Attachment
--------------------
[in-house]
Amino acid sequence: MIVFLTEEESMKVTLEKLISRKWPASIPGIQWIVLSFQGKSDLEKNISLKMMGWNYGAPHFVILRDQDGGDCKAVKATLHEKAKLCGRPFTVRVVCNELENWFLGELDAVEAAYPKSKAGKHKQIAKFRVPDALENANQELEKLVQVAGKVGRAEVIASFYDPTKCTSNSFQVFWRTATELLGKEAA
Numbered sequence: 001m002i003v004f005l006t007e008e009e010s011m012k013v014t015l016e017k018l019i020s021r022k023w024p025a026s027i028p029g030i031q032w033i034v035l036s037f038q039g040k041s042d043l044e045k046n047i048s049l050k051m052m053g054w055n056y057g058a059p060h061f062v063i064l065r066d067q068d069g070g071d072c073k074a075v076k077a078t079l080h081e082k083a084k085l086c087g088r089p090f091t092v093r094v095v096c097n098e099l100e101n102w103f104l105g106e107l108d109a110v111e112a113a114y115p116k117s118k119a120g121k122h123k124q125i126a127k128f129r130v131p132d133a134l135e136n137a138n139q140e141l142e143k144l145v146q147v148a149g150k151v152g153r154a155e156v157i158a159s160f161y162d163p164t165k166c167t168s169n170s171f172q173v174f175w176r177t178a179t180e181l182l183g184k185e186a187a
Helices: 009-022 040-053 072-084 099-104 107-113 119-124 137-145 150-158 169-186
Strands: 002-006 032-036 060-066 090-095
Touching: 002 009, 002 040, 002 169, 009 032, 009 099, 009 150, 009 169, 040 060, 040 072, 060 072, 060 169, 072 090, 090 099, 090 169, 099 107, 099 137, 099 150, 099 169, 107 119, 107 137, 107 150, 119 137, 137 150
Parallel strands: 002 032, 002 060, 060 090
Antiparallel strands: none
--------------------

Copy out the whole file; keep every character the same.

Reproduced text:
[in-house]
Amino acid sequence: MIVFLTEEESMKVTLEKLISRKWPASIPGIQWIVLSFQGKSDLEKNISLKMMGWNYGAPHFVILRDQDGGDCKAVKATLHEKAKLCGRPFTVRVVCNELENWFLGELDAVEAAYPKSKAGKHKQIAKFRVPDALENANQELEKLVQVAGKVGRAEVIASFYDPTKCTSNSFQVFWRTATELLGKEAA
Numbered sequence: 001m002i003v004f005l006t007e008e009e010s011m012k013v014t015l016e017k018l019i020s021r022k023w024p025a026s027i028p029g030i031q032w033i034v035l036s037f038q039g040k041s042d043l044e045k046n047i048s049l050k051m052m053g054w055n056y057g058a059p060h061f062v063i064l065r066d067q068d069g070g071d072c073k074a075v076k077a078t079l080h081e082k083a084k085l086c087g088r089p090f091t092v093r094v095v096c097n098e099l100e101n102w103f104l105g106e107l108d109a110v111e112a113a114y115p116k117s118k119a120g121k122h123k124q125i126a127k128f129r130v131p132d133a134l135e136n137a138n139q140e141l142e143k144l145v146q147v148a149g150k151v152g153r154a155e156v157i158a159s160f161y162d163p164t165k166c167t168s169n170s171f172q173v174f175w176r177t178a179t180e181l182l183g184k185e186a187a
Helices: 009-022 040-053 072-084 099-104 107-113 119-124 137-145 150-158 169-186
Strands: 002-006 032-036 060-066 090-095
Touching: 002 009, 002 040, 002 169, 009 032, 009 099, 009 150, 009 169, 040 060, 040 072, 060 072, 060 169, 072 090, 090 099, 090 169, 099 107, 099 137, 099 150, 099 169, 107 119, 107 137, 107 150, 119 137, 137 150
Parallel strands: 002 032, 002 060, 060 090
Antiparallel strands: none